Desquamative gingivitis: retrospective analysis of disease associations of a large cohort.
ABSTRACT Desquamative gingivitis (DG) is usually a manifestation of immunologically mediated mucocutaneous disorders, although it was previously suggested to be hormonally related.
One hundred and eighty-seven Caucasian UK residents with clinical features of DG (126 female, median age of 51 years, range 23-93 years) were retrospectively evaluated.
It was established that, in this population, the largest cohort yet reported, oral lichen planus was most common (70.5%) while mucous membrane pemphigoid (14%), pemphigus vulgaris (13%), linear IgA disease (1.6%), dermatomyositis (0.5%) and mixed connective tissue disease (0.5%) were less common.
Oral lichen planus is the main disorder associated with DG. However, DG may be a feature of bullous disease and connective tissue disease.
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ABSTRACT: This study sought to assess and compare retrospective demographic and clinical data of oral lesions of lichen planus, pemphigus vulgaris, and mucous membrane pemphigoid from the records of the Department of Oral Pathology and Surgery, School of Dentistry, Universidade Federal de Minas Gerais, Brazil, covering a period of 55 years. Out of 25,435 specimens, these immunologically-mediated diseases accounted for 301 (1.18%) cases, of which 250 (0.98%) were lichen planus, 27 (0.11%) were pemphigus vulgaris, and 24 (0.09%) were mucous membrane pemphigoid. Lichen planus presented mainly as white asymptomatic plaques on buccal mucosa. Pemphigus vulgaris was usually characterized by multiple symptomatic erithematous ulcers on the buccal mucosa. Painful ulcers and/or blisters on the gingiva were the most common presentation for mucous membrane pemphigoid. Desquamative gingivitis was noted for all 3 diseases, but mainly for mucous membrane pemphigoid. Overall, lesions were more frequent in white women >50 years. Oral manifestations of immunologically-mediated diseases are relatively rare, and the correct diagnosis can be a challenge for dentists as the lesions often share similar clinical and demographic features.General dentistry 62(1):67-72.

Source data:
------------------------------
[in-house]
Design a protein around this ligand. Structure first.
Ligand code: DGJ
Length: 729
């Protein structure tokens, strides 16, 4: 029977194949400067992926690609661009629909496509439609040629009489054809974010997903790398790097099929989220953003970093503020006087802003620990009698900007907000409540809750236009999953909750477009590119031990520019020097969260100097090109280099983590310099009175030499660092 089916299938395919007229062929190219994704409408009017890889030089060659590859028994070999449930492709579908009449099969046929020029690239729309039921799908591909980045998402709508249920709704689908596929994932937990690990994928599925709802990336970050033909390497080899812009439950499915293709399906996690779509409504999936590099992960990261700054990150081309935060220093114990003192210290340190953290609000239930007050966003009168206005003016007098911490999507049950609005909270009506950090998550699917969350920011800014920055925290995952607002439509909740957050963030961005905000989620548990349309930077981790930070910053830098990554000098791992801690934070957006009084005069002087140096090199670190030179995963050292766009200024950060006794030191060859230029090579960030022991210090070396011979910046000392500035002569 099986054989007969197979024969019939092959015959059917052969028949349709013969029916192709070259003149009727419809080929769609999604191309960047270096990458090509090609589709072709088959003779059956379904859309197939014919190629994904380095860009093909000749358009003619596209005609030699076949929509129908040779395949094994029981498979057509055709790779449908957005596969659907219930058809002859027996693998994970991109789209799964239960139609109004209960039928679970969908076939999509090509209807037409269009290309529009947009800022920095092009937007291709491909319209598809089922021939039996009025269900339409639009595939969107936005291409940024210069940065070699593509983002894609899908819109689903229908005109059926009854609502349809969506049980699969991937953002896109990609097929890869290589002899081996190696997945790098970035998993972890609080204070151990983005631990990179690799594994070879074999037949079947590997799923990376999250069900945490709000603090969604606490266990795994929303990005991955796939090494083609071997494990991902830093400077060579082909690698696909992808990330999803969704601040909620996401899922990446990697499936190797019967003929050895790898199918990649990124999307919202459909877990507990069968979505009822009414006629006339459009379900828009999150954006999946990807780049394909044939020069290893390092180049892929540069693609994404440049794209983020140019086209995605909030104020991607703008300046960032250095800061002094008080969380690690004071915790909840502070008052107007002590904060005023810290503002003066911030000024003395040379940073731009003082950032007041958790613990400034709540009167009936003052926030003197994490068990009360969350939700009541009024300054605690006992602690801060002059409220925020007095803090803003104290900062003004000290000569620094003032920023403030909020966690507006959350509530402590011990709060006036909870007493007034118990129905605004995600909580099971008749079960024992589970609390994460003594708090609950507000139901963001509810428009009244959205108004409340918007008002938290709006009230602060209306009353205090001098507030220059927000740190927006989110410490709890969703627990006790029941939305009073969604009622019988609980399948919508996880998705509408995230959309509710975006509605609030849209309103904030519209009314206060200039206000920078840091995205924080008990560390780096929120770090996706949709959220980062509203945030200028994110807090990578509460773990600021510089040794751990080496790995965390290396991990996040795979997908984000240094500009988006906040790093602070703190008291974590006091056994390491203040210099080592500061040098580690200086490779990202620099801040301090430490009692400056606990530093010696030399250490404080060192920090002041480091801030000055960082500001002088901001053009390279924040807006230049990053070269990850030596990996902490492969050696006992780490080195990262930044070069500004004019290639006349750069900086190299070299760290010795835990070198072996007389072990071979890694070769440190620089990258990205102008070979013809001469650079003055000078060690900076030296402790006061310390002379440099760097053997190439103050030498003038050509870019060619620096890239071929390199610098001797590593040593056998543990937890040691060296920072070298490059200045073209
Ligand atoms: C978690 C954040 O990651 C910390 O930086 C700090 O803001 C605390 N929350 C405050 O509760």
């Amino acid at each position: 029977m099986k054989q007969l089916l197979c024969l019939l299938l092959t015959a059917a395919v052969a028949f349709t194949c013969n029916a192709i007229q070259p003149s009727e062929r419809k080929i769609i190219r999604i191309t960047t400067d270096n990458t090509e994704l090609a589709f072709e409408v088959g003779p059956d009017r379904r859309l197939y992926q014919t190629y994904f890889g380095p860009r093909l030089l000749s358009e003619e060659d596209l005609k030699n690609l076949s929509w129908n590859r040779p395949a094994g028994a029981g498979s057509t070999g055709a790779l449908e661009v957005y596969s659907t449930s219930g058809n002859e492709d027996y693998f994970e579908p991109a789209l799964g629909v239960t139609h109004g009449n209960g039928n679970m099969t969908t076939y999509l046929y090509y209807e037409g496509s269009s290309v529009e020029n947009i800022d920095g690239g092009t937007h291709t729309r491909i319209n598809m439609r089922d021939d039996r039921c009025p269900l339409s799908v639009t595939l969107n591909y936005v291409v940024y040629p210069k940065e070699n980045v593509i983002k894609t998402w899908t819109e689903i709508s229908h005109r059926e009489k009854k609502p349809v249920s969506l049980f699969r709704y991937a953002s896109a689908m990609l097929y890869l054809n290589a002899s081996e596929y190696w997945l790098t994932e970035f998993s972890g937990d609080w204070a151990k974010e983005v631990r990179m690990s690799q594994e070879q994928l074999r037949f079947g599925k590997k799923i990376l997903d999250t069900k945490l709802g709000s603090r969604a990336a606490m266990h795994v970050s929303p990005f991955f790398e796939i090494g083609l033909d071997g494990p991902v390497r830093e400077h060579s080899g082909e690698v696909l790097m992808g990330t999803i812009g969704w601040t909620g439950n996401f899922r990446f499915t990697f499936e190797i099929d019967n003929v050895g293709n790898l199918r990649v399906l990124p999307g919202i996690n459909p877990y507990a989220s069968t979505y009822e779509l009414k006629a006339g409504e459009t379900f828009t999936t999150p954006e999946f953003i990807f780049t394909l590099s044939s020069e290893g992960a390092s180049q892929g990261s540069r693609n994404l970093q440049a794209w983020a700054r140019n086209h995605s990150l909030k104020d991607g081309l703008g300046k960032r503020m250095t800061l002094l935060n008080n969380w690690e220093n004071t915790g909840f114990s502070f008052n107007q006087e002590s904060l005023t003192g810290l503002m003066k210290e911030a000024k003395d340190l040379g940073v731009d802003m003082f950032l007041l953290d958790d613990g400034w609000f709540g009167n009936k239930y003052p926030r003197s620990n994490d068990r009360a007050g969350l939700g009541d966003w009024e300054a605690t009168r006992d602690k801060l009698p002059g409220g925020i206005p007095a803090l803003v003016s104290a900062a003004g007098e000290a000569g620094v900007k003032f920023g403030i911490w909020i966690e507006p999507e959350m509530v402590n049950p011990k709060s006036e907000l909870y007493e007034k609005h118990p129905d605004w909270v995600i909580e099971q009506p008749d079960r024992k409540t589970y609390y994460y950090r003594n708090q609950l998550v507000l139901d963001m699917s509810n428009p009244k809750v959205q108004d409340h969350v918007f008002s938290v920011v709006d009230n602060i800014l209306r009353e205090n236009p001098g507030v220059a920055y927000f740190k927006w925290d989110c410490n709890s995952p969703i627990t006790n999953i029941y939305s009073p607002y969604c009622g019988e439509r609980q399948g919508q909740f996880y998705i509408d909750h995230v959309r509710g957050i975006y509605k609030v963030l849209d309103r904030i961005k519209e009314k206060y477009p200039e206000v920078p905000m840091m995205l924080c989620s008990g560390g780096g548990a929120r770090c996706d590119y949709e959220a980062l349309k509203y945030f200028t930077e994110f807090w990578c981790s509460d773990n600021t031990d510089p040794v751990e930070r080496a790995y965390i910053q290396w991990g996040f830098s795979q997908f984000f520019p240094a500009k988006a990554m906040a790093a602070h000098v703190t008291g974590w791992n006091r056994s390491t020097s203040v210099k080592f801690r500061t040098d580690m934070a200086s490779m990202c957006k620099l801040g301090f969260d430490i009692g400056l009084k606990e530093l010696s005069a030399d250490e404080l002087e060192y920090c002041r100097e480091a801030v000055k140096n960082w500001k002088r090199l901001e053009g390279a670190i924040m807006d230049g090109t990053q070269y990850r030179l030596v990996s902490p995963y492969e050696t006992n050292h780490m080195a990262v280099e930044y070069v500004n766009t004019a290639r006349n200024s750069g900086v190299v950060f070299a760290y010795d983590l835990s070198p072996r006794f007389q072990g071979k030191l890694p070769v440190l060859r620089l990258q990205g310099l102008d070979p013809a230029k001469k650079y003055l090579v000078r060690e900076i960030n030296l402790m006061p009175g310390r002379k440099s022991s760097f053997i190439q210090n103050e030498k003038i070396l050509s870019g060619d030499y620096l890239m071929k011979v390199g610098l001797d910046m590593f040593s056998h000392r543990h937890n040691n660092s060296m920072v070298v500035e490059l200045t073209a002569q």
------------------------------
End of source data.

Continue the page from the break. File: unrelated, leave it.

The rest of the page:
- Medicine 01/2012; 2012 Sep 15. pii: S0025-7753(12)00611-2. doi: 10.1016/j.medcli.2012.06.016. · 4.87 Impact Factor
- Medicine 01/2012; · 4.87 Impact Factor